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Chicago Teachers Union prepares for contract negotiations; current deal expires in June

By Sarah Schulte, ABC 7 News

The union for Chicago Public Schools teachers is preparing to start negotiating a new contract as their current agreement expires at the end of June.

“We intend to bargain hard, we intend to bring our allies and our members into a fight for the schools our students deserve,” said Jesse Sharkey, the Chicago Teachers Union president.

On Tuesday, the Chicago Teachers Union dropped off a list of demands to Mayor Rahm Emanuel’s office.

A 5-percent pay raise and smaller classroom sizes, along with more counselors, librarians and nurses were all on the list. The list also included social demands, like affordable housing.

When asked how the city should pay for it, CTU Vice President Stacy Gates answered: “Rich people.”

Union officials said that corporations should pay more, and they hope that if recreational marijuana and a Chicago casino are approved, they would get some of the tax revenue.

Since Emanuel will be ending his tenure this year, CTU is beginning to bargain with a lame duck administration. Their final deal with be struck with the next mayor.

“We’ve worked the last eight years to come to a reasonable agreements with our labor unions and I assume that will be the same with the Chicago Teachers Union,” said Chicago mayoral candidate Toni Preckwinkle.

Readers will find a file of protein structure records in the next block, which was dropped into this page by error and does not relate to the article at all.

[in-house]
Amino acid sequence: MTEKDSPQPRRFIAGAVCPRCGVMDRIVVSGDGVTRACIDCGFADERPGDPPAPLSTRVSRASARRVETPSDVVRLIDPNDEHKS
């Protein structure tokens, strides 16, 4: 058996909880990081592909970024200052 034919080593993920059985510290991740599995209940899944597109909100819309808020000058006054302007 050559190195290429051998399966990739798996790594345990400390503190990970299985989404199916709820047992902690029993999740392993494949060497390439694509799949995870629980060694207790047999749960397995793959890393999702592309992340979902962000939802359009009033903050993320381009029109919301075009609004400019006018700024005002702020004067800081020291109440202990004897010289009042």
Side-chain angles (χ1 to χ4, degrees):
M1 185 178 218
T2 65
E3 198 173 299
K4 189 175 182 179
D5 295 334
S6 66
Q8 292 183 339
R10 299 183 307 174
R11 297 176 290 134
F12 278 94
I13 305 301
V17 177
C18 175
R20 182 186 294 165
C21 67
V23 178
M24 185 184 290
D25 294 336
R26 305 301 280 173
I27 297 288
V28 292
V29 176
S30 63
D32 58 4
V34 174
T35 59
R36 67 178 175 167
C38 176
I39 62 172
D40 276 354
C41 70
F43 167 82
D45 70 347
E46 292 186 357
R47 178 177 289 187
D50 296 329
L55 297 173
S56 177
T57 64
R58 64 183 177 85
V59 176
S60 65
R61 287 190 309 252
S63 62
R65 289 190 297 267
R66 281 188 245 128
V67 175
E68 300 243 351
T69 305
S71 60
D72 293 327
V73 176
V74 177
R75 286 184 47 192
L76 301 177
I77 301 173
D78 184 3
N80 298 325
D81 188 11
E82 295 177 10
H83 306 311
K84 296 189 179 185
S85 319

While the CTU has endorsed Preckwinkle, the Cook County Board president would not say how to pay for the union’s contract demands.

Candidates Gery Chico and Bill Daley, who are often criticized by the CTU, are counting on Springfield to come up with more money for CPS.

“I want the state to pick up the entirety of the pension obligation, the way they do for other districts,” said Chico.

“I think it will be worked out but everyone needs to control their rhetoric,” said Daley.

In a response to the CTU contract demands, a mayoral spokesperson touted CPS’s academic gains and the need for the momentum to continue as contract talks begin.

CPS says it looks forward to productive conversations to work toward a contract. Law allows for negotiations to begin this week.

This article originally appeared on ABC 7 News.

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